In 2005, International DJ magazine ranked Disco 2000's "Uptight (Everything's Alright)"—a cover of Stevie Wonder's "Uptight"—amongst the twenty "worst cover versions in the history of dance music": "The KLF had some brilliant ideas, but forming their own girl group and covering this classic Stevie Wonder Motown stomper wasn't one of them. The resulting lurid day-glo fusion of Stock, Aitken and Waterman pop, edit-heavy '80s house and dodgy female rap was possibly one of the worst records in the history of the world." In contrast, a retrospective piece on the work of The KLF and related acts by Trouser Press magazine called "Uptight" "entertaining" and "like Bananarama on a rap tip".
I Gotta CD
One Love Nation
Uptight (Everything's Alright)
Formats and track listings
|Format (and countries)||Track number|
|I Gotta CD|
|7" white-label promo single (UK) (limited edition of 500)||cd|
|12" single (UK)||CD||L|
|One Love Nation|
|12" single (UK)||o||O||OC|
|Uptight (Everything's Alright)|
|7" single (UK, rest of European Community)||u||h|
|12" single (UK, Germany, rest of European Community)||U||H|
|CD single (European Community)||u||h||U||H|
|cd – "I Gotta CD (7" edit)" (3:47)||OC – "One Love Nation (Club Mix)" (5:18)|
|CD – "I Gotta CD" (6:50)||u – "Uptight (Everything's Alright) (Banana 2000)" (3:40)|
|L – "I Love Disco 2000" (5:25)||U – "Uptight (Everything's Alright) (Discorama Mix)" (4:45)|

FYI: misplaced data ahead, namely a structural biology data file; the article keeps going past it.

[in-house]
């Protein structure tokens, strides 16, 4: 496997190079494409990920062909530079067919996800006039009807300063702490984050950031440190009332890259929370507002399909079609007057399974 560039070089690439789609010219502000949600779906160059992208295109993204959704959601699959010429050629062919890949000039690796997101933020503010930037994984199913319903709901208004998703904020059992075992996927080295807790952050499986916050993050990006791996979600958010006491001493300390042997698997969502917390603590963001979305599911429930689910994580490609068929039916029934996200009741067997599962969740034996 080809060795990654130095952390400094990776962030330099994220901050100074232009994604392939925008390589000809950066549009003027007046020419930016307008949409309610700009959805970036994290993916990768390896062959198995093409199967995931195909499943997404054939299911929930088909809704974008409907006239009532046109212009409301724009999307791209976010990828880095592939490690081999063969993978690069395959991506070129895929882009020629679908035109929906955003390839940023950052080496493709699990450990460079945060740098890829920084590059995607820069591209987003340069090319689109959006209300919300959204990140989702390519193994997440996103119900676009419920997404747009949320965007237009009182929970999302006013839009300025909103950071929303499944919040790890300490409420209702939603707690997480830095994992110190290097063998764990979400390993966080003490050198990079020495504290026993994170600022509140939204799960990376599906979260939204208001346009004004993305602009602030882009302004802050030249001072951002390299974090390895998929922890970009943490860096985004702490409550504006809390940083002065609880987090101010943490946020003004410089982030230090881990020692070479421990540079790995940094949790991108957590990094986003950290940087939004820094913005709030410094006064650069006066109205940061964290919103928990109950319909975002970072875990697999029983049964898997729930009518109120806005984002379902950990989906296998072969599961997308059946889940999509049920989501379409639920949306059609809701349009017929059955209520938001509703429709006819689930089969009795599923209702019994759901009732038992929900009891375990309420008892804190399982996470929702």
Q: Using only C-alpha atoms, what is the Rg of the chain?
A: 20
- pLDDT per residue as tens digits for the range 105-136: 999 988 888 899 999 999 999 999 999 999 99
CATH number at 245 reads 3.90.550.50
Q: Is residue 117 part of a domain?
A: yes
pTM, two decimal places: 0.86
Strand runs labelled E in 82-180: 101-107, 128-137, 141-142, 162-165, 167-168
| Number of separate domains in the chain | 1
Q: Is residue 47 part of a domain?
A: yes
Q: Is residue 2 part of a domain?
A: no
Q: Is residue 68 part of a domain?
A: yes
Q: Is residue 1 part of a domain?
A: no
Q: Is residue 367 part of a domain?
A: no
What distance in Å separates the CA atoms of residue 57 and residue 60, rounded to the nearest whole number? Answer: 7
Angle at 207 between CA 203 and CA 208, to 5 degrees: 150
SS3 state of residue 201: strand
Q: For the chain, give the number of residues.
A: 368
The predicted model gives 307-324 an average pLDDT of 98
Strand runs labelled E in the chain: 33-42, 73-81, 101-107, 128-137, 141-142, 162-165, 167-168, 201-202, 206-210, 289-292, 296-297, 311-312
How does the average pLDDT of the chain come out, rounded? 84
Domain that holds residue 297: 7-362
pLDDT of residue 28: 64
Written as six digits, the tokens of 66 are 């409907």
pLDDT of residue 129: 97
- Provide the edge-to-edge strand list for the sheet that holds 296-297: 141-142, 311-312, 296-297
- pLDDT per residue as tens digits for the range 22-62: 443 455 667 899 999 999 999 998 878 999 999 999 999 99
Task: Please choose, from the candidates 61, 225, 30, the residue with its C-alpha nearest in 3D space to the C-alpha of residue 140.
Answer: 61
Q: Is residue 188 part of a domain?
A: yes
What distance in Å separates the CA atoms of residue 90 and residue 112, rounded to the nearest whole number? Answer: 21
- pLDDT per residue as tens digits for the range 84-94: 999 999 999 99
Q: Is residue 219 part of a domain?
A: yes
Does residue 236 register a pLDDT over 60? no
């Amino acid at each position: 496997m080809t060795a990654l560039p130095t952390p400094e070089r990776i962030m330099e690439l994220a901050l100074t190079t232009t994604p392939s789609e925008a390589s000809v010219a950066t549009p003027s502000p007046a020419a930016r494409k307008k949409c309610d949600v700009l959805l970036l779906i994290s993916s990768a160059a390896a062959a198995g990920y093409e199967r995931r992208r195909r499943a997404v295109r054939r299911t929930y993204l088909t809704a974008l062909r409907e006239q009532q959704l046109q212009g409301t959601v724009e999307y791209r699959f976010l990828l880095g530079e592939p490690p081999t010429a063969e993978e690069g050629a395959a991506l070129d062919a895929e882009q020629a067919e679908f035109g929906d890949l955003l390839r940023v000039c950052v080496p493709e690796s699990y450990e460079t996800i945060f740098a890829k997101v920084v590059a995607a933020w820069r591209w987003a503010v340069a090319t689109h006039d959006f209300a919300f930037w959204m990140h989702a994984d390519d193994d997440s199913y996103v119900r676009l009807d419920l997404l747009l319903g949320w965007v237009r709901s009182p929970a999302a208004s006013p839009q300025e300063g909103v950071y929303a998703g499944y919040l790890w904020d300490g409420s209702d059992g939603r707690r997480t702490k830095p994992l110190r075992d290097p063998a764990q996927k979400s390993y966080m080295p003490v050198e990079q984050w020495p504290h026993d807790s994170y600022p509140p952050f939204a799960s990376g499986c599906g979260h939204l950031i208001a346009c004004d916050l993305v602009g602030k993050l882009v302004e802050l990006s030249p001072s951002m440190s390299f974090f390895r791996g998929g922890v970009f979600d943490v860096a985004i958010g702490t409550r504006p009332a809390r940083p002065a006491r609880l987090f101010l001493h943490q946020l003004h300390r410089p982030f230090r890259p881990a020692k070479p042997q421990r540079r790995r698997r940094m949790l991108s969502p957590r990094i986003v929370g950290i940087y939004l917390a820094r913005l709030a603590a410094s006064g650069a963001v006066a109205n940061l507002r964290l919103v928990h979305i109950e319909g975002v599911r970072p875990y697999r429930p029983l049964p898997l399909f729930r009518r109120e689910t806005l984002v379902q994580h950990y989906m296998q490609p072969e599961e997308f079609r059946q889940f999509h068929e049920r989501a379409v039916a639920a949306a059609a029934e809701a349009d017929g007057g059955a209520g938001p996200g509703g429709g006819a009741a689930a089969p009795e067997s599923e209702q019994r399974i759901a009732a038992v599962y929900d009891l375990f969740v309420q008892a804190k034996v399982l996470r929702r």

|o – "One Love Nation (Radio Edit)" (3:40)||h – "Mr Hotty Loves You (edit)" (4:28)|
|O – "One Love Nation (Full Length)" (6:09)||H – "Mr Hotty Loves You" (6:14)|
- It is believed that Cressida Cauty and June Montana alone were Disco 2000, with Drummond and Jimmy Cauty involved as producers/musicians. Sources: "Rockman is already doing some work with Disco 2000", KLF Communications Info Sheet, 22 January 1988 (link); "K.L.F Communications house band, The KLF, will be... working on some tracks with Disco 2000", KLF Communications Info Sheet One (link), 10 March 1988
- "Keeping it Peel", BBC Peel Sessions catalogue, BBC Online (link)
- Sharkey, A., "Trash Art & Kreation", The Guardian Weekend, 21 May 1994 (link).
- Rice, J. and Roberts, D. (2000) Guinness Book of British Hit Singles (13th Ed.), Guinness Publishing Ltd., London.
- "Official Charts > Disco 2000". The Official UK Charts Company. Retrieved 17 July 2017.
- Longmire, Ernie et al. (2005), KLF discography. This has been the authoritative KLF discography on the internet for some 10 years or more and has been the subject of long-term scrutiny and peer review by KLF fans and collectors. It was maintained by the fan site KLF.de but moved to a website of one of the former klf.de members since the website of KLF.de is down.
- Brown, J., "Disco 2000 out-bugging the bad guys", New Musical Express, 7 May 1988 (link).
- Cauty, C., "KLF Info Sheet 6", KLF Communications, August 1989 (link).
- Ellen, B., "Disco 2000 – Kings Cross The Bell" (live-performance review), New Musical Express, 20 February 1988 (link).
- Brown, J., "I Gotta CD", New Musical Express, 28 November 1987 (link)
- Brown, J., "2000 OD", New Musical Express, 5 December 1987.
- Deeks, R. and Anniss, M., "Worst cover versions", International DJ magazine, Issue 68, December 2005 (link).
- Robbins, I., Trouser Press magazine (link)